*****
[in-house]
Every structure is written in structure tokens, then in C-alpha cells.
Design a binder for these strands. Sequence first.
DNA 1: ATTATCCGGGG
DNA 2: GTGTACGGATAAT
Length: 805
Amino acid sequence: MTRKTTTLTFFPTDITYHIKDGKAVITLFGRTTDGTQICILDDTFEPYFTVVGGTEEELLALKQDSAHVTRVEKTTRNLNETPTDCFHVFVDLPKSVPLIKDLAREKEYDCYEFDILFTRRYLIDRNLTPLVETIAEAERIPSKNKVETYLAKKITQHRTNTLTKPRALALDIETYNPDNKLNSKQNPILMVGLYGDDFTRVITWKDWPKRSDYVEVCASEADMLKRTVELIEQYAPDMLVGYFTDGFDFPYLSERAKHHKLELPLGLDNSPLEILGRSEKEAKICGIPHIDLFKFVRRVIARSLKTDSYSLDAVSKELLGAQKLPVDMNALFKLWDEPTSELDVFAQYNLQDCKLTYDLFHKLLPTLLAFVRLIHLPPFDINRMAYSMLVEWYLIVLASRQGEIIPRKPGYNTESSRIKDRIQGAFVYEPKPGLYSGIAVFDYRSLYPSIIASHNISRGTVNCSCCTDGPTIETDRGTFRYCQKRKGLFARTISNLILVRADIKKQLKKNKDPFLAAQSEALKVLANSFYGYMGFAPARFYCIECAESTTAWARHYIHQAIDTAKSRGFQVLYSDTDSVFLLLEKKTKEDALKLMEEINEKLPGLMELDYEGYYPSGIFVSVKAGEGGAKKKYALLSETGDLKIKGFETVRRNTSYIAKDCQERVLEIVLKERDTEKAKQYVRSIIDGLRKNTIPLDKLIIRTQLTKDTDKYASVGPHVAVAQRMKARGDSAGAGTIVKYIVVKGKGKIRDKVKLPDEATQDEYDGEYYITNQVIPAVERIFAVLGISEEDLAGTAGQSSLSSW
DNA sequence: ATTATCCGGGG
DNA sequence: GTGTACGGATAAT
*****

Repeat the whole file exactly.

[in-house]
Every structure is written in structure tokens, then in C-alpha cells.
Design a binder for these strands. Sequence first.
DNA 1: ATTATCCGGGG
DNA 2: GTGTACGGATAAT
Length: 805
Amino acid sequence: MTRKTTTLTFFPTDITYHIKDGKAVITLFGRTTDGTQICILDDTFEPYFTVVGGTEEELLALKQDSAHVTRVEKTTRNLNETPTDCFHVFVDLPKSVPLIKDLAREKEYDCYEFDILFTRRYLIDRNLTPLVETIAEAERIPSKNKVETYLAKKITQHRTNTLTKPRALALDIETYNPDNKLNSKQNPILMVGLYGDDFTRVITWKDWPKRSDYVEVCASEADMLKRTVELIEQYAPDMLVGYFTDGFDFPYLSERAKHHKLELPLGLDNSPLEILGRSEKEAKICGIPHIDLFKFVRRVIARSLKTDSYSLDAVSKELLGAQKLPVDMNALFKLWDEPTSELDVFAQYNLQDCKLTYDLFHKLLPTLLAFVRLIHLPPFDINRMAYSMLVEWYLIVLASRQGEIIPRKPGYNTESSRIKDRIQGAFVYEPKPGLYSGIAVFDYRSLYPSIIASHNISRGTVNCSCCTDGPTIETDRGTFRYCQKRKGLFARTISNLILVRADIKKQLKKNKDPFLAAQSEALKVLANSFYGYMGFAPARFYCIECAESTTAWARHYIHQAIDTAKSRGFQVLYSDTDSVFLLLEKKTKEDALKLMEEINEKLPGLMELDYEGYYPSGIFVSVKAGEGGAKKKYALLSETGDLKIKGFETVRRNTSYIAKDCQERVLEIVLKERDTEKAKQYVRSIIDGLRKNTIPLDKLIIRTQLTKDTDKYASVGPHVAVAQRMKARGDSAGAGTIVKYIVVKGKGKIRDKVKLPDEATQDEYDGEYYITNQVIPAVERIFAVLGISEEDLAGTAGQSSLSSW
DNA sequence: ATTATCCGGGG
DNA sequence: GTGTACGGATAAT